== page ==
Dr. William A. Meehan to Retire After Holding JSU’s Third Longest Presidency
By Heather Greene
In 1968, William Arthur Meehan first came to Jacksonville State University as a student and “fell in love with the institution.” Since then, he has transitioned from the classroom to the “oval office,” where he has diligently served the faculty, staff, and students as president for nearly 16 years. After dedicating 47 years of his life to JSU – 40 as an employee – Meehan will retire from the university on July 1, 2015.
From Alumnus to President
After completing his Bachelor of Science in Biology in 1972 at JSU, Meehan returned for his master’s and worked as a graduate assistant in the admissions office. “I had great mentorship here with the faculty in the biology department and other administrators,” he said.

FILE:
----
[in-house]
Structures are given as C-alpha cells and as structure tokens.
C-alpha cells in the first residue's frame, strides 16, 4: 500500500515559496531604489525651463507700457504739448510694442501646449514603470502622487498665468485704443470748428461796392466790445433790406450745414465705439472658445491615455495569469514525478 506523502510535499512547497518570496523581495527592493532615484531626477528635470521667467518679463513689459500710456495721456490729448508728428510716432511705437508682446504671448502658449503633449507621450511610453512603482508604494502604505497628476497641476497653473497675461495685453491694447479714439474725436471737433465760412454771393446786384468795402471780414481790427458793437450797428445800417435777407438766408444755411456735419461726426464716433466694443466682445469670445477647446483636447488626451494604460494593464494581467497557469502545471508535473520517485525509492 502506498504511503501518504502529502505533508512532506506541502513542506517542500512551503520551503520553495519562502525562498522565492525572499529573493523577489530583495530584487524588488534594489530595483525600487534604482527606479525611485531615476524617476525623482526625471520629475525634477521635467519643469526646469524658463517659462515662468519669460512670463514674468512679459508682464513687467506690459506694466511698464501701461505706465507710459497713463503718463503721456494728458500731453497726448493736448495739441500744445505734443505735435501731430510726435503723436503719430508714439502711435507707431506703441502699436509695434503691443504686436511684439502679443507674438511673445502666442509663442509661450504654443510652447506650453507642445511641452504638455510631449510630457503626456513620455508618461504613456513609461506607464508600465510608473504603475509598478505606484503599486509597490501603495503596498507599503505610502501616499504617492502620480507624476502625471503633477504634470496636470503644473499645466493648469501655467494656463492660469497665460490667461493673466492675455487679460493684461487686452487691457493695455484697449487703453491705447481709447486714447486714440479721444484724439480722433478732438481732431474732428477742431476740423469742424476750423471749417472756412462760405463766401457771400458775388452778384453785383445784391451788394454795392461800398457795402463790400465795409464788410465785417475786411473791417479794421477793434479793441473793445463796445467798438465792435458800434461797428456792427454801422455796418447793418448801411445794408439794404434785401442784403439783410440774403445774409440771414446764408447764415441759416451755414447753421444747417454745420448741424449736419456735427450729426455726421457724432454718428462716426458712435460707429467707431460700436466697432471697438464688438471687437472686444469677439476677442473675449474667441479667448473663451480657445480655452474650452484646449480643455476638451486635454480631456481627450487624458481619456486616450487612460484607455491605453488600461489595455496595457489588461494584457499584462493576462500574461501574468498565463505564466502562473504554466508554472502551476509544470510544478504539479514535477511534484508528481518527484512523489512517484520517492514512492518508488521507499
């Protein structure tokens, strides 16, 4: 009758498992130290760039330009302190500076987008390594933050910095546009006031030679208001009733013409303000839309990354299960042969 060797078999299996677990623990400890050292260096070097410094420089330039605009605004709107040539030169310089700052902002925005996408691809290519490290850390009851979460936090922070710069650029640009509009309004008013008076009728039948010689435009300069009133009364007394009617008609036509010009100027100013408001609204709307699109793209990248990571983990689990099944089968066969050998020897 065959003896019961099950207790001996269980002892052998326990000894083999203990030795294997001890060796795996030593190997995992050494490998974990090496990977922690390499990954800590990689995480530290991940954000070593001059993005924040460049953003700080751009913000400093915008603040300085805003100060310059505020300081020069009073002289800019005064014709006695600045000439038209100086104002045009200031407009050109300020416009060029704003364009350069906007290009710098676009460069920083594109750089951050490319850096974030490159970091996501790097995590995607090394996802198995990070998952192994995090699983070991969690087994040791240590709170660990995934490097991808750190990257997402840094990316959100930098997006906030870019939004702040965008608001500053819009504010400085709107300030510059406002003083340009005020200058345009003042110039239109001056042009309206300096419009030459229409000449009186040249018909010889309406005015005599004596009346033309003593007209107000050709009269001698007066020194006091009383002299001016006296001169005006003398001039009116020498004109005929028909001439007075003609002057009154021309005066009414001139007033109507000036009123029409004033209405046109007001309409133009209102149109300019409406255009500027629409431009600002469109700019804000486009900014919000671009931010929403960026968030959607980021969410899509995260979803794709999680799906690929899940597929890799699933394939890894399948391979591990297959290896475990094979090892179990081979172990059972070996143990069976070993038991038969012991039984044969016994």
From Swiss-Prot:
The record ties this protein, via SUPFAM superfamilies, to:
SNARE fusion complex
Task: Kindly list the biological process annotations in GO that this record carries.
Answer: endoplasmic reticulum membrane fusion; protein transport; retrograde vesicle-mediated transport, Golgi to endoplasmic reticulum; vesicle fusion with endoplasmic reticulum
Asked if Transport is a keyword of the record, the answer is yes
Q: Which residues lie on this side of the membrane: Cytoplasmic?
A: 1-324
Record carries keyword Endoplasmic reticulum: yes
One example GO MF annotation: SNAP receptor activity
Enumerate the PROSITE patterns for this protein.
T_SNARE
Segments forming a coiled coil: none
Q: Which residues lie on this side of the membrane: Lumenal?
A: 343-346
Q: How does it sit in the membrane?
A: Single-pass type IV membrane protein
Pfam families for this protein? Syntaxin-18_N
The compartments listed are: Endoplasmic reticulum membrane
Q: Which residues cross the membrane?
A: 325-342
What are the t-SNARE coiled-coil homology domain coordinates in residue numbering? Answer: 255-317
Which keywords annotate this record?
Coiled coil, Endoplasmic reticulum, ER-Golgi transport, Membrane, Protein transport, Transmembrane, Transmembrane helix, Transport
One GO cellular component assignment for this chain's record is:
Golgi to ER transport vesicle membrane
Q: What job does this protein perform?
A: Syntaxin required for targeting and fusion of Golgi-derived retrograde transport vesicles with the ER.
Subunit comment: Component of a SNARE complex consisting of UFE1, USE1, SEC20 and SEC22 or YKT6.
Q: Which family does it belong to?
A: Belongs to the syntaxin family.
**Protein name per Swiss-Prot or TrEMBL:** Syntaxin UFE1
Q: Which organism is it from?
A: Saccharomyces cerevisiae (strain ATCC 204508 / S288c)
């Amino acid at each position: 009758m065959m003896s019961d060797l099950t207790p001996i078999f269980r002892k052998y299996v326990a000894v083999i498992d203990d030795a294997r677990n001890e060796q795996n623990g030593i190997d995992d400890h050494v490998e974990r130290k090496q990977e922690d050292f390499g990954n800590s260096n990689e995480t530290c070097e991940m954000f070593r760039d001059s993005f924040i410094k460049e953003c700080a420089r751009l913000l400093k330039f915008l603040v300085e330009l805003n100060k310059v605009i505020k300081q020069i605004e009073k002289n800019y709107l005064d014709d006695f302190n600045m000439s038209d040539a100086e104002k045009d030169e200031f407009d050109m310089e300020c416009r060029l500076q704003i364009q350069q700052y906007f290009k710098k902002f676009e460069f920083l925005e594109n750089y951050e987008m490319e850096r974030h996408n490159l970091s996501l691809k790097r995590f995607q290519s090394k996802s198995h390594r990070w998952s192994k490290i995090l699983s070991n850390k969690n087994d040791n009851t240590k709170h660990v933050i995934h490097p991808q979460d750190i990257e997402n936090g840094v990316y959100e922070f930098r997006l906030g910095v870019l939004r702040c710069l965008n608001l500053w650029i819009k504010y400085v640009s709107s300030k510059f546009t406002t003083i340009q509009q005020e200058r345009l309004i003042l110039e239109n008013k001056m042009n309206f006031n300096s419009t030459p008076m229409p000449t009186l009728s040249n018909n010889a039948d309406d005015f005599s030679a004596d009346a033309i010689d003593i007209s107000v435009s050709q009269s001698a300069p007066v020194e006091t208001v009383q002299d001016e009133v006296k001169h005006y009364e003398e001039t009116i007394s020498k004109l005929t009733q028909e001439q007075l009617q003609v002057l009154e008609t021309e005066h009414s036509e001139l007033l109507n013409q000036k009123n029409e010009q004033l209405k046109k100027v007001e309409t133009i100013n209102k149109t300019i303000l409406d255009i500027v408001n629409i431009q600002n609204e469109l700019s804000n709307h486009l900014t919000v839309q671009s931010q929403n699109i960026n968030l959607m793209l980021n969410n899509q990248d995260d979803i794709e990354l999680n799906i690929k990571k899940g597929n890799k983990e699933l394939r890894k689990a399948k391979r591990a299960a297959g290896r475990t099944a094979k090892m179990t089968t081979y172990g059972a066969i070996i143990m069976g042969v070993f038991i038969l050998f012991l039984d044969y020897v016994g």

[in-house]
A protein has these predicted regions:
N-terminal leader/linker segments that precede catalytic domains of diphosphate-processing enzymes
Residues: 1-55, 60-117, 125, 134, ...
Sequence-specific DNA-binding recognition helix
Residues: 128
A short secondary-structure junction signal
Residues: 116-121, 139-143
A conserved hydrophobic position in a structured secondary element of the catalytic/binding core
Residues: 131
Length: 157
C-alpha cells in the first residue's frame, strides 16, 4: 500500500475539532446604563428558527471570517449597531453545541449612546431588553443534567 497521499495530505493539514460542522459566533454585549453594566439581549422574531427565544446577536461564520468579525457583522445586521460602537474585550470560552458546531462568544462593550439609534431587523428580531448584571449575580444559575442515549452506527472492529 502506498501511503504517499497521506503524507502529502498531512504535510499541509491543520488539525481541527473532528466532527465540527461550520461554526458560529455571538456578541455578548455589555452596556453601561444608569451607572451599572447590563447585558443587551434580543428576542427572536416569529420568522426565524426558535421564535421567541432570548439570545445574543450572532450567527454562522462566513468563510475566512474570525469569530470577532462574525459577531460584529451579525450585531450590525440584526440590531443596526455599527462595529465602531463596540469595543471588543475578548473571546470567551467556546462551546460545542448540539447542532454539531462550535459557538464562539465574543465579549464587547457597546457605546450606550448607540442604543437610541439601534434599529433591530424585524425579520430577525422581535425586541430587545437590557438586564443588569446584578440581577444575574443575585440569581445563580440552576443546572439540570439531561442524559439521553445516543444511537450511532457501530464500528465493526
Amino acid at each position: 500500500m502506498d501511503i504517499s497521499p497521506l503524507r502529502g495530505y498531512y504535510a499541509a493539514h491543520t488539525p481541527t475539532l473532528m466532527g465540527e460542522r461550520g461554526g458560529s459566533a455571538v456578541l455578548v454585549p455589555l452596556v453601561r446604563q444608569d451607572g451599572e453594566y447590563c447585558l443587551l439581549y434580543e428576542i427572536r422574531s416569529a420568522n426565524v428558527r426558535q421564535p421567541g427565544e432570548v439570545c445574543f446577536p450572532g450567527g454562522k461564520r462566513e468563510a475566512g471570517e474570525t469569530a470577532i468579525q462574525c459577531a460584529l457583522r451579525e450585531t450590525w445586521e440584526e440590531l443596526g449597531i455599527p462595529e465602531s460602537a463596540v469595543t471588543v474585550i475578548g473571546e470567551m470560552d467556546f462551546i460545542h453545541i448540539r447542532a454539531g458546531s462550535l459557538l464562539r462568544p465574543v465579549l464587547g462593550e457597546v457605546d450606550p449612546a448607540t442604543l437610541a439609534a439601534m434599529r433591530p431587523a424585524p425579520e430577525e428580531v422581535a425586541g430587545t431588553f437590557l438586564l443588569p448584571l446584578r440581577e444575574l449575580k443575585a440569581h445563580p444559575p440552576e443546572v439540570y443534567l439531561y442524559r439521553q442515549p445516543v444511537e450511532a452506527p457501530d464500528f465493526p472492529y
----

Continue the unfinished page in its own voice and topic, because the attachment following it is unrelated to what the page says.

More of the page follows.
Upon graduating with his Master of Science in Biology in 1976, he was approached by Dr. Theron Montgomery and asked to stay as a full-time biology instructor.
“That was a great transition right there,” said Meehan. “You always think of how nice it would be to teach at your alma mater, or even your high school, and to be able to come back and do that at my university was very, very special. I had no idea I would be president and have that opportunity.”
But the road between the classroom and the presidency consisted of a few stops along the way. Meehan served in several other roles including coordinator of medical technology, director of academic advisement, assistant to the vice president for academic affairs, acting vice president for academic affairs, associate vice president for academic and student affairs, and acting vice president for institutional advancement.
In 1999, Meehan earned his doctorate in higher education administration from the University of Alabama. His dissertation was “An Analysis of Sabbatical Application Patterns, 1988-98, at Jacksonville State University.” On July 1, 1999, Dr. William A. Meehan became the 11th president of JSU.